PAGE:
Excuse My French, 2014
Written and directed by Amir Salama
Starring Ahmed Dash, Hani Adel, Kinda Allouch, Ahmed Helmy
A Christian kid suddenly is forced to go to a public school after his father dies and because of a misunderstanding everyone thinks that he’s a Muslim.
There is a lot to be said for comedy getting “lost in translation”. Those who are au fait with Egyptian religious politics and the prejudices between Christians and Muslims may find a lot of humour in Amir Salama’s Excuse My French, but anyone else will just see it as a brightly coloured and overlong film with a couple of titters. It’s like watching The West Wing with no understanding of the American government system and just enjoying watching the characters walk around the halls spouting witty dialogue. It’s enjoyable from a certain angle, but it doesn’t give you any real satisfaction.
Hany is a good kid, and a good religious kid. He loves his church, he loves football (Manchester United, of course) and he loves his school. However, when his father has an unexpected heart attack and dies, this Christian boy is forced to go to a public school predominately attended by Muslims. After finding out this his religion is shunned from the popular kids in school, Hany does everything he can to stand out and be popular – so he pretends he’s Muslim. And, hilarity ensures, I guess.
Excuse My French is a charming movie, that much can be said. Salama shoots the movie beautifully and its edited snappily so that it zips and zaps with great fluidity in the early goings. He uses narration to set up the characters, background and plot and the design has just the right level of quirk that Excuse My French never becomes irksome or irritating. As the film progresses into the “meat” of the story however, it becomes a bit more standard but Salama still shows some flare and creativity in certain moments to add some colour and levity to what could be perceived as a heavy subject.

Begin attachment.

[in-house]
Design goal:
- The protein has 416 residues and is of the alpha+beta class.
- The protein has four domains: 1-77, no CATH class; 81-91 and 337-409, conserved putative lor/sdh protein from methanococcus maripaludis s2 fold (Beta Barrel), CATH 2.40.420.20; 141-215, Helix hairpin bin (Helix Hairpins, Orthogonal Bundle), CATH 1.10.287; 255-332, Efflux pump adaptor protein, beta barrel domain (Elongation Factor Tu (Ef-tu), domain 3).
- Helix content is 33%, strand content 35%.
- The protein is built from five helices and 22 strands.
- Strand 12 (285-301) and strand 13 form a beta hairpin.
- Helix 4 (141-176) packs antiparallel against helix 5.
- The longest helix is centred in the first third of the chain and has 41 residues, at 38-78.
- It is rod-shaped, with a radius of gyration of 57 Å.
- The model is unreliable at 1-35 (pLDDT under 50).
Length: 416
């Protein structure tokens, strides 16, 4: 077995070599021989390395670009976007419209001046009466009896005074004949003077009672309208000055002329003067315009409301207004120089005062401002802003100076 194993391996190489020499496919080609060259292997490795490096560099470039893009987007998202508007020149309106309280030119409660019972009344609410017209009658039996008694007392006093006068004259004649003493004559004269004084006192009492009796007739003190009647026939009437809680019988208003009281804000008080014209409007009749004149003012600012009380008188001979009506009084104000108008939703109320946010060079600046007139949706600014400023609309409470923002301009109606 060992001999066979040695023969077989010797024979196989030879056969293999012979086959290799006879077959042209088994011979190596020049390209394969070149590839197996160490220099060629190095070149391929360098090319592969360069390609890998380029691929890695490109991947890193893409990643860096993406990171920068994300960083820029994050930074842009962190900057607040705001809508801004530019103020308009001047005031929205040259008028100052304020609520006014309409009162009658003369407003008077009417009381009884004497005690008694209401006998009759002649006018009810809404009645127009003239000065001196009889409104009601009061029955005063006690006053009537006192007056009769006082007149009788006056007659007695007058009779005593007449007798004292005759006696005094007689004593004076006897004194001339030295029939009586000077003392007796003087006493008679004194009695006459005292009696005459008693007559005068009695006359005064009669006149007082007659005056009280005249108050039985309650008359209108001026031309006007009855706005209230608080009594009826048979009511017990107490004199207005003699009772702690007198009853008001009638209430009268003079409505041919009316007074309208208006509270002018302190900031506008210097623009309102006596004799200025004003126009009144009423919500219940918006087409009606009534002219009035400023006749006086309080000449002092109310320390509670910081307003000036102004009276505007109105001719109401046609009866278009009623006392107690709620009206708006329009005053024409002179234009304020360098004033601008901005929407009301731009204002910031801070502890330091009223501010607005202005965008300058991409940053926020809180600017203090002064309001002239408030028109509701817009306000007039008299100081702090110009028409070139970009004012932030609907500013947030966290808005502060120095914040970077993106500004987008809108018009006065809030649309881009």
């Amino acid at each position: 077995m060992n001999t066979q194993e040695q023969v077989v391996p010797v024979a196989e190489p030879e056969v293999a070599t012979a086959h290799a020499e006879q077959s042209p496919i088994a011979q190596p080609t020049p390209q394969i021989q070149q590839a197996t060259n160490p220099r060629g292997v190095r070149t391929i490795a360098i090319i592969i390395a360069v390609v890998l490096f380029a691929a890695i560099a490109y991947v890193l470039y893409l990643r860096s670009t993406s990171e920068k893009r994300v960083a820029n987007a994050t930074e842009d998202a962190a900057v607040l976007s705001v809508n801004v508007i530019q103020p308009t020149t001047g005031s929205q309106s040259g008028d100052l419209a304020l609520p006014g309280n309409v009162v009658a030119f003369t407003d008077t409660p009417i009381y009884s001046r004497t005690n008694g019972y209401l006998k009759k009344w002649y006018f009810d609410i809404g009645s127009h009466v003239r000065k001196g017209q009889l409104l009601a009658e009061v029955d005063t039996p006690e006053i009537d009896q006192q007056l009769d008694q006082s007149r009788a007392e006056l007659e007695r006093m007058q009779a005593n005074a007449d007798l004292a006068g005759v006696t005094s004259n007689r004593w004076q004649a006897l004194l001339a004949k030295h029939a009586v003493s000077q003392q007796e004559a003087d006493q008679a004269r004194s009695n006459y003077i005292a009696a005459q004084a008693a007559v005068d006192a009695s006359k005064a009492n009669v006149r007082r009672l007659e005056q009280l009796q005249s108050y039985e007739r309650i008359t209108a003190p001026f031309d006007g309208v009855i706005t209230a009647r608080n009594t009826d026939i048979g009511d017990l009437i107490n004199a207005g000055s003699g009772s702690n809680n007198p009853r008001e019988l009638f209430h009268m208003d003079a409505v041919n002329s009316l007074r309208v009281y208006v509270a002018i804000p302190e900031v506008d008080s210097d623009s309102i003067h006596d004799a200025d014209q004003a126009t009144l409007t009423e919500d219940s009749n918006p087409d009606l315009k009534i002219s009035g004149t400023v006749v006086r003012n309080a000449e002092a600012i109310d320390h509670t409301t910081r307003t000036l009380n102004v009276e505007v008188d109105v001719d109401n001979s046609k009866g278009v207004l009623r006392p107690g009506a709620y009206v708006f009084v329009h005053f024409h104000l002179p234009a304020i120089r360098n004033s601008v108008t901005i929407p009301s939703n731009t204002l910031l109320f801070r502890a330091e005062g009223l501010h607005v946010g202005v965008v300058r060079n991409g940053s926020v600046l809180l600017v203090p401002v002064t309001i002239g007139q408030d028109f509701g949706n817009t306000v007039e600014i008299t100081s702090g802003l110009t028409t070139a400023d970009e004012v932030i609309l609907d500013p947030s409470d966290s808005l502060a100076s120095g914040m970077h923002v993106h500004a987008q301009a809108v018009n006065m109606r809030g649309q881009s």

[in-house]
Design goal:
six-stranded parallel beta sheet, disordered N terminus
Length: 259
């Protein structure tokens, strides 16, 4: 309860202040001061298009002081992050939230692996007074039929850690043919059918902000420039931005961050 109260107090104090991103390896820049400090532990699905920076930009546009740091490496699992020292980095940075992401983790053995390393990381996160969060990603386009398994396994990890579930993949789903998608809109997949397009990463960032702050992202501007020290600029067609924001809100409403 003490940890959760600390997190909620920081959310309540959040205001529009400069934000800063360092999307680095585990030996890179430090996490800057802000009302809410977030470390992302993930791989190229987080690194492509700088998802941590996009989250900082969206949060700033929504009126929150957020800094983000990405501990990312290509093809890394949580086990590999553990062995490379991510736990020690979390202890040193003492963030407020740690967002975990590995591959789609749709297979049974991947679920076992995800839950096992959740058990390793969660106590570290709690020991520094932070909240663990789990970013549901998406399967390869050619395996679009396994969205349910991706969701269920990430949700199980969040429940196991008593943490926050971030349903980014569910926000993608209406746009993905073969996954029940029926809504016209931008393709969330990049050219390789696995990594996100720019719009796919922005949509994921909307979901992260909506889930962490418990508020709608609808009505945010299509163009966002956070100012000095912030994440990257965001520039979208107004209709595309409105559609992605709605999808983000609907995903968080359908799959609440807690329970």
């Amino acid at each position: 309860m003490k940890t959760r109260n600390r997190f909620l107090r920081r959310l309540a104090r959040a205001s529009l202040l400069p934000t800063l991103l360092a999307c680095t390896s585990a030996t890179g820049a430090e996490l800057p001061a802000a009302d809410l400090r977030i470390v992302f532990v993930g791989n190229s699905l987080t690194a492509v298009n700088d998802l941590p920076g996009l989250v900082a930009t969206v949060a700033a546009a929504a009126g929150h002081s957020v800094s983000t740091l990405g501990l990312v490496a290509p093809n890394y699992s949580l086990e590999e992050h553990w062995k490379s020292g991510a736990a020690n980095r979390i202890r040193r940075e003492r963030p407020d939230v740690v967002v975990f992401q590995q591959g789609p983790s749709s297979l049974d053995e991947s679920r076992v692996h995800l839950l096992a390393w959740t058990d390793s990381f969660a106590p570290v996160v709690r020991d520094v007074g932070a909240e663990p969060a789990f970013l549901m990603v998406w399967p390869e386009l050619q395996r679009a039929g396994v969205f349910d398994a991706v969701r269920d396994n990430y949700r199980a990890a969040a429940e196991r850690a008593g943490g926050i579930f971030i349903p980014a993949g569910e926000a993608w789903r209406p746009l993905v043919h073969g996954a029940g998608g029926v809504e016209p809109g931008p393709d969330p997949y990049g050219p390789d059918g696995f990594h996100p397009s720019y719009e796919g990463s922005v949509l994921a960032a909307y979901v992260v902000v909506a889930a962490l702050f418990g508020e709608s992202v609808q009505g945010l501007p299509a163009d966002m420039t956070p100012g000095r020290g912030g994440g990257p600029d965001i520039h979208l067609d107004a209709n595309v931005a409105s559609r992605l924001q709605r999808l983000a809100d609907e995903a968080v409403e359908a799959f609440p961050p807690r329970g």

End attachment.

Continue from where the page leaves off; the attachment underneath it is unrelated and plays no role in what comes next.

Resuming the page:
But while it looks nice and Ahmed Dash is a likeable lead, there really isn’t much to say about Excuse My French as it feels like it has nothing to say itself. Even if the humour did translate to an English speaking audience, there isn’t a huge amount of laughs to be had outside of a couple of chuckles here and there. Salama’s script is fairly baggy and the movie doesn’t seem to know when to leave the table, often Return of the King‘ing it by having several natural conclusions and not deciding on which one is the most satisfactory.
Is it bad, is it good? It’s hard to say really. Excuse My French certainly has some positives, but they’re bogged down by a flimsy script and a lack of jokes. Perhaps it is just just the humour being lost in translation, but that could just be a poor excuse for a bad comedy. It’s charming and pretty to look at, but that’s about it.
Flickering Myth Rating – Film: ★ ★ / Movie: ★ ★
Luke Owen is the Deputy Editor of Flickering Myth and the host of the Flickering Myth Podcast. You can follow him on Twitter @LukeWritesStuff.